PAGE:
Quotidian Quest

QA Questions

Category: personal
#QA #employment

I was recently asked to write a little something about my thoughts on doing QA and some questions about my experience. I was told to only write two sentences but I made three so that I could delete a paragraph later. I thought it would be ok to post them on my site. I hope that you get something out of reading it.


I'm a little bit of a perfectionist when it comes to my work. I find myself agonizing over details and often have multiple drafts and versions of emails, code examples and tutorials that I'm going to publish right after I change that one or two critical things that will make my point. This has been one of the reasons that I've been in Quality Assurance for as long as I have; I don't want people to run into problems.

When I first started working, I was put in charge of creating and automating test suites for an application development tool. The mission was to simulate how a user would create a smaller application using the different components and options available. I quickly learned that automation is only good if you have a clear goal of what you want to accomplish. When the automation breaks, something should happen other than changing the automation. Since then, I've worked with a variety of systems that reported an issue when something goes wrong, either a problem in the build system or a change in functionality.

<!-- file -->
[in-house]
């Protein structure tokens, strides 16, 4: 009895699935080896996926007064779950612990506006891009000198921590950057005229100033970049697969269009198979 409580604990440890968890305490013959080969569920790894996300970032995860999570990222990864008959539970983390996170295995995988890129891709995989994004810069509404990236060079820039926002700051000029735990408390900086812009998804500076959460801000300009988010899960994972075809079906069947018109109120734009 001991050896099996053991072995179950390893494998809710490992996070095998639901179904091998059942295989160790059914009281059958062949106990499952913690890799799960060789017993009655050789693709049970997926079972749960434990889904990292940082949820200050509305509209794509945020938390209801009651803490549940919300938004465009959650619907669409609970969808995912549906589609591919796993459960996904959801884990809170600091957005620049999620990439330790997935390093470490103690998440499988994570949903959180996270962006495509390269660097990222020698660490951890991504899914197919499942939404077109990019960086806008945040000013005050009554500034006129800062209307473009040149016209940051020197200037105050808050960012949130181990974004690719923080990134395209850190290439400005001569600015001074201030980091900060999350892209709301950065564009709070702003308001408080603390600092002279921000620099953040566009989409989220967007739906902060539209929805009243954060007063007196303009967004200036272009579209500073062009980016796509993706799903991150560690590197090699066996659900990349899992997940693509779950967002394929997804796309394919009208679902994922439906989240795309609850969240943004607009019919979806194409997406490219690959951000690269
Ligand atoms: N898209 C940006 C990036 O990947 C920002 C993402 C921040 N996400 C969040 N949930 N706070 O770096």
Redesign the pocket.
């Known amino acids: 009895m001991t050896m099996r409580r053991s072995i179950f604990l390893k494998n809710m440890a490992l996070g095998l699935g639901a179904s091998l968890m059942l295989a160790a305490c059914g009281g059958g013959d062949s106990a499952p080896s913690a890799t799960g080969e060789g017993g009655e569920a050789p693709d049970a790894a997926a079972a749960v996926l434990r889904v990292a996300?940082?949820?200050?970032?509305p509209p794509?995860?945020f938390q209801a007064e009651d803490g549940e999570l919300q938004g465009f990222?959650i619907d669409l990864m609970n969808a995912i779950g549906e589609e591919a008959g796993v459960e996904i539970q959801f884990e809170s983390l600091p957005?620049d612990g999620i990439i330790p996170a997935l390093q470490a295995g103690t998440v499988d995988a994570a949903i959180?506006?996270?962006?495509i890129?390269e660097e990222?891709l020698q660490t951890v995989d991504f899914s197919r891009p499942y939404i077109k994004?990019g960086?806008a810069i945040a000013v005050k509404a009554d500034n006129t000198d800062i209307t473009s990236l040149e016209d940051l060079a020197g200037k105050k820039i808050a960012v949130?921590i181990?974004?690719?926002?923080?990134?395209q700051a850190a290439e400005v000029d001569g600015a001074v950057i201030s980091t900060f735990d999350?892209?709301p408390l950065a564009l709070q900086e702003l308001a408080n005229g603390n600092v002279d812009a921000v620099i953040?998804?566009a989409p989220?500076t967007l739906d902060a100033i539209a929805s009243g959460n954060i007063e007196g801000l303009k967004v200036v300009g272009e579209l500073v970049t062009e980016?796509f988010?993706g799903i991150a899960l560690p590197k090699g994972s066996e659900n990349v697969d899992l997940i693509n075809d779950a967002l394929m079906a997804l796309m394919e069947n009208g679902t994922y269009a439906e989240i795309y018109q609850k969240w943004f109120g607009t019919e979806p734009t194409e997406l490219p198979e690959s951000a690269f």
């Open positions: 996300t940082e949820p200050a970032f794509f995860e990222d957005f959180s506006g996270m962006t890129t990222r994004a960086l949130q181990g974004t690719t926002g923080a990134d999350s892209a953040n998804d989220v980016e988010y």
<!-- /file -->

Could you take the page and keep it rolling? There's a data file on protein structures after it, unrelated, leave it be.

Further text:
A lot of companies are attempting to be agile and it is important that a QA engineer keep up to date with where the company wants to go with the product and have an idea for how people are actually going to be using it. I've been in a couple of situations where companies have been so focused on the features of the product, that they loose track of how everything is supposed to come together for the user. There can be difficulty in communicating (development in remote parts of the world or just don't see it the same way), but I feel that I've learned a lot of different ways of getting my point across (detailed bug reports, screenshots and videos) and understanding where other people are coming from.

In your current role, what is the end product? How do you test it?

In my current role, I test two products. One is a web portal that I test using selenium for regressions and manual testing following test plans that I've developed. The other is an IDE based off of eclipse which creates smaller applications that I do manual testing using test plans that I've created.

Do you have experience with imbedded software? Please describe?

No, the closest I've come to a truly imbedded system is when I was working at Intel and I had to run data through a simulation of the graphics chip.

What is your experience with programming?  Languages? Years of experience? What have you programmed for?

I've always been active in keeping my skills up. I've been doing java for about 8 years now and use it mainly for creating examples for customers and components within my test plans. I've used objective-c for 4 years and use it for my own personal applications. I've been getting more and more into python for the last 2 years as a way to automate my mac, generate test data and small web services. 

Have you been a member of a SCRUM team? Describe your sprints

Yes, most of them are related to creating and merging a major feature into the software. The team had to design and implement new features that could make the software unstable, I was in charge of merge conflicts and regression testing.